Ashley Brock is Assistant Professor of Romance Languages at the University of Pennsylvania, where she teaches courses on modern Latin American literature and culture. Her research interests include the politics of experimental form, constructions of place, visual cultures, and trans-American comparative work. Her first book, tentatively titled Lessons in Dwelling, traces the emergence of a critical regionalist literary aesthetic in the mid-twentieth-century Americas. This project explores the affective, ethical, and political demands that formally difficult texts place on readers seeking encounters with regional life. She has published on topics including regionalism, memory, and temporality in journals such as the Revista de Estudios Hispánicos, Chasqui, and CR: The New Centennial Review. She holds a PhD from the University of California, Berkeley and a BA from Williams College, both in Comparative Literature.
Wolf Humanities Center Penn Faculty Fellow
2020—2021 Forum on Choice
Assistant Professor of Romance Languages
Gender and Agency on the Frontier in the Americas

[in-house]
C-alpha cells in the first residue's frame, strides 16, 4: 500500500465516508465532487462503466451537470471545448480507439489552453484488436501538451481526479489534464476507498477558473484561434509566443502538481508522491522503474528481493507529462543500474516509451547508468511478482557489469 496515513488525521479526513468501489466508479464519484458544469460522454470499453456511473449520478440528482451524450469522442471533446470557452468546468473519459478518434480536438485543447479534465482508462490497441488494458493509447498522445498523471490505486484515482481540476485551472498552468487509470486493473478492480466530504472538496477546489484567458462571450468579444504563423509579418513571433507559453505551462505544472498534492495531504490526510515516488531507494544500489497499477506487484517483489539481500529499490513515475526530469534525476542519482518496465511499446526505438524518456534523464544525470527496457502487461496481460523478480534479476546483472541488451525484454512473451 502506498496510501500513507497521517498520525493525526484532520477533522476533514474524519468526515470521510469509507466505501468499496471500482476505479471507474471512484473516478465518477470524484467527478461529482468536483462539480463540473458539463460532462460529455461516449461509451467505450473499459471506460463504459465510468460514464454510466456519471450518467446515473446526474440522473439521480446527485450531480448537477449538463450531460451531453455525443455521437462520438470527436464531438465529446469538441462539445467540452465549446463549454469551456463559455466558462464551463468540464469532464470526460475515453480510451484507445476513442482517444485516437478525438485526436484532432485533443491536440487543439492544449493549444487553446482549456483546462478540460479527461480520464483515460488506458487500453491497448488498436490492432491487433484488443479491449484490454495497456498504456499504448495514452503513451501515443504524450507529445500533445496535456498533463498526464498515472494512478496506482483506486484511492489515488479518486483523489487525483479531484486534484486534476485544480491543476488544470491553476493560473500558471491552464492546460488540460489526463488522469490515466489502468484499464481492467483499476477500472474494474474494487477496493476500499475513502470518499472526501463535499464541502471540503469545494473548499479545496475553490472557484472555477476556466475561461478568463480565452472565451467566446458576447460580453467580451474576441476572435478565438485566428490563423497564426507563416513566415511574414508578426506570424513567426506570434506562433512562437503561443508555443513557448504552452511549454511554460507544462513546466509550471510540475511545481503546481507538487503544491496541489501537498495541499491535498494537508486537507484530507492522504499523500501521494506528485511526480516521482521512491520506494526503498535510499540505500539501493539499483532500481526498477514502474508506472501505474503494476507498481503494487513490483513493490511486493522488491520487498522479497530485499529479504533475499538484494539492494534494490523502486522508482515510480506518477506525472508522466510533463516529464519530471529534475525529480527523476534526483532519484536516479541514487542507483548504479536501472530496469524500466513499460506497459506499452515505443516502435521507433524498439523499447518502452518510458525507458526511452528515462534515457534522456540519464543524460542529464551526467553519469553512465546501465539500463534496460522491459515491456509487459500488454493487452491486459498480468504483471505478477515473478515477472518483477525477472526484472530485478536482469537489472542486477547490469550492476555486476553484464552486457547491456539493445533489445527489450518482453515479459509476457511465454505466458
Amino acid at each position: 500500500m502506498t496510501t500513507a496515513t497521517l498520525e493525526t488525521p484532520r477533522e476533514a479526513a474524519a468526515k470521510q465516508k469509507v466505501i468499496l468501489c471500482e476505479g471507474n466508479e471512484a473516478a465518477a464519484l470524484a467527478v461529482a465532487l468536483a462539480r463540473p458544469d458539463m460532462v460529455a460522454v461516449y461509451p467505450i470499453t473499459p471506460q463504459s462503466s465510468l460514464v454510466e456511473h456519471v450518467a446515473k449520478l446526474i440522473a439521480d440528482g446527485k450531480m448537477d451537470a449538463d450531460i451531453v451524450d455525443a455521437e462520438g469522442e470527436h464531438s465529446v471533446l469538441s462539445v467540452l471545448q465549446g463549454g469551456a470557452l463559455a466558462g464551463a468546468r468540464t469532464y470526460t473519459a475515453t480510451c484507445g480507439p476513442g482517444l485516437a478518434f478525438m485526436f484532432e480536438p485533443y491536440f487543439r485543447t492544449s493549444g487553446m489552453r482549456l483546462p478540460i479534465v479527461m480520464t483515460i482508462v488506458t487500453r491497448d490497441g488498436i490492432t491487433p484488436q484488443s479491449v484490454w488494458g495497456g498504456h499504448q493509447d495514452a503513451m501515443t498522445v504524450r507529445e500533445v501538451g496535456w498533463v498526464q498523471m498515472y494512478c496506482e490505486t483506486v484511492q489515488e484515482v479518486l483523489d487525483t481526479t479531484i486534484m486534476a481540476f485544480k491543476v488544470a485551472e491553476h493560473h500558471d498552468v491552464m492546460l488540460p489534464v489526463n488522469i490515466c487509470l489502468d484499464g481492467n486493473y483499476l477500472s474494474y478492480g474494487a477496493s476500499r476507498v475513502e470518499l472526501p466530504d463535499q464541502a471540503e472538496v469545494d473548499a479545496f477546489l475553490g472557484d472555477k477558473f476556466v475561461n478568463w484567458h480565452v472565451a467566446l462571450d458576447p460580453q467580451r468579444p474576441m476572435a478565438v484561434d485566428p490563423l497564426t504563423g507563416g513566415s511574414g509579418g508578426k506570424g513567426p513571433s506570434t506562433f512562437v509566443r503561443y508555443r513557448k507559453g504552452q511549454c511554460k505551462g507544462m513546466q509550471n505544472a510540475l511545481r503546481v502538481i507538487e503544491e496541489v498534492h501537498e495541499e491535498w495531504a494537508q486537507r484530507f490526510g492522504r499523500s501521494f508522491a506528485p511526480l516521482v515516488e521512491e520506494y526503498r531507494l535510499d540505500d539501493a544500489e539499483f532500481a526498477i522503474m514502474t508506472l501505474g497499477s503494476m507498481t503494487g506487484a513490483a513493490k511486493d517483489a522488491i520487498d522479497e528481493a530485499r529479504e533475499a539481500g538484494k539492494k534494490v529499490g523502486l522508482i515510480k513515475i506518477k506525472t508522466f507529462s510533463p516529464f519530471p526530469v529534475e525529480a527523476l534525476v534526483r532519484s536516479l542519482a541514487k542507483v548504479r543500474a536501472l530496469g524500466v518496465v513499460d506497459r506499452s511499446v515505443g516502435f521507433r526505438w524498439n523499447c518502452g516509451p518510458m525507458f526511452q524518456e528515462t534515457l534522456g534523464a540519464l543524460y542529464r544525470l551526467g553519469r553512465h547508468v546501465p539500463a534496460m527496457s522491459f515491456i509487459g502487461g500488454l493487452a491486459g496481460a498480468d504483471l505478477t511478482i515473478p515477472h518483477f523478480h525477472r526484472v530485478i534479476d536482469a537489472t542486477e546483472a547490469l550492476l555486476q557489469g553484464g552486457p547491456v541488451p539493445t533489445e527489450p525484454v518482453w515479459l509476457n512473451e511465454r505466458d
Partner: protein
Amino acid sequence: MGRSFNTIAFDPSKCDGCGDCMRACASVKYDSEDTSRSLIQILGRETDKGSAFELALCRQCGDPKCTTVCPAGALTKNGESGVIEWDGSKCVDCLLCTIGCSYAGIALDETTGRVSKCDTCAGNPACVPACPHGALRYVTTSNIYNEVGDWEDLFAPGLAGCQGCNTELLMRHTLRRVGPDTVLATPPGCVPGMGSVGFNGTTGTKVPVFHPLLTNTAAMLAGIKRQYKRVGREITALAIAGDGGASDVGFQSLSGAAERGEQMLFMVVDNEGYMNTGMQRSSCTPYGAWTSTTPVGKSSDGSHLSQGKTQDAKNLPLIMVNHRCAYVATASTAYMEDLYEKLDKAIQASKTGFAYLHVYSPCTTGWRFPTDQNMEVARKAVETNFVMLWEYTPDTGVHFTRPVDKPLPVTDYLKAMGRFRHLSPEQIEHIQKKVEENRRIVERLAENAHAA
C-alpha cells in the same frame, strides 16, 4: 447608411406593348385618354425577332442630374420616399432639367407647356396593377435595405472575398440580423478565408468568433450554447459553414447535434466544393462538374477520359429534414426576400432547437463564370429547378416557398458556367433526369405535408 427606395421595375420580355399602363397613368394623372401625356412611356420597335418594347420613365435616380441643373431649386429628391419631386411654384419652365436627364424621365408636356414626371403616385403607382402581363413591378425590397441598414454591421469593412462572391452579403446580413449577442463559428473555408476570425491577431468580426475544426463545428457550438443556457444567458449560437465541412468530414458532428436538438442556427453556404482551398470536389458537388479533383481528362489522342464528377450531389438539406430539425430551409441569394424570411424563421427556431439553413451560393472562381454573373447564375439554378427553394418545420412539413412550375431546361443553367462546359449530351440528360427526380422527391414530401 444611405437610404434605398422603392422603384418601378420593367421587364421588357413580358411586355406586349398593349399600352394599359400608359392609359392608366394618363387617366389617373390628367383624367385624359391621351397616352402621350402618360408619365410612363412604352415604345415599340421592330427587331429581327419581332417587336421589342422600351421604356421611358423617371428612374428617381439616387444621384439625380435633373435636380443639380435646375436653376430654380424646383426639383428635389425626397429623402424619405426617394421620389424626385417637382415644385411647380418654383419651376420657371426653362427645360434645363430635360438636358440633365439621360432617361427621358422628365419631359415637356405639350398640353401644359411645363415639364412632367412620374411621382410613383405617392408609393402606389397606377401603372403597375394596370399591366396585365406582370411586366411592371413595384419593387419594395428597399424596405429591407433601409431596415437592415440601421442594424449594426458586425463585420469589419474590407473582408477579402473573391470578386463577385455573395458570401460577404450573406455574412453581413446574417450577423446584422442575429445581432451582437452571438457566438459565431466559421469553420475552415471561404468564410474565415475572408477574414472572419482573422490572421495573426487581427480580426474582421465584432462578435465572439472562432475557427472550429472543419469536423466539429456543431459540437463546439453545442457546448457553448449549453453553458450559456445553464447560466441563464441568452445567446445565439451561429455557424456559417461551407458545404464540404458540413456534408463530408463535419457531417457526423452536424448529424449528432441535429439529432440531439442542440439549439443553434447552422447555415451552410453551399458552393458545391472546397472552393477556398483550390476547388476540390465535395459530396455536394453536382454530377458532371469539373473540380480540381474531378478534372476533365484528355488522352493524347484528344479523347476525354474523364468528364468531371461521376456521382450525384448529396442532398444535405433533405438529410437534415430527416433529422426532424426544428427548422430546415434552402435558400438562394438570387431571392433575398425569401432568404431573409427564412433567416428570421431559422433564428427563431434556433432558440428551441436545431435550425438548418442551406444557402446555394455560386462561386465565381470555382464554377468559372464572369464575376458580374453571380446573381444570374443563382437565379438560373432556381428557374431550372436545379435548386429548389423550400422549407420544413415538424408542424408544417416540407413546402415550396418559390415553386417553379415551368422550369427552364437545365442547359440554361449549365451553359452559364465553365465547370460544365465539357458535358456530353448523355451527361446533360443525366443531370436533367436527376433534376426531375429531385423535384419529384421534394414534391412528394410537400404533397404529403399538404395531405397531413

In the hemispheric Americas, the frontier is conceived as a place of freedom and violence, both of which are coded in hypermasculine terms. This project asks how critical rewritings of frontier myths that interrogate the sovereignty of the idealist (male) subject might offer different models of agency. How does emphasizing relationality, interdependency, and imbrication in the landscape over individual choice, power, and morality demand that we reconceive of the heroes as well as the villains of frontier mythology? Reading between classical and contemporary texts from the U.S., Brazil, and Argentina, I trace the patriarchal underpinnings of discourses of nationalism, nativism, and anthropocentrism as well as the alternative possibilities that emerge when suppressed feminine agency is acknowledged.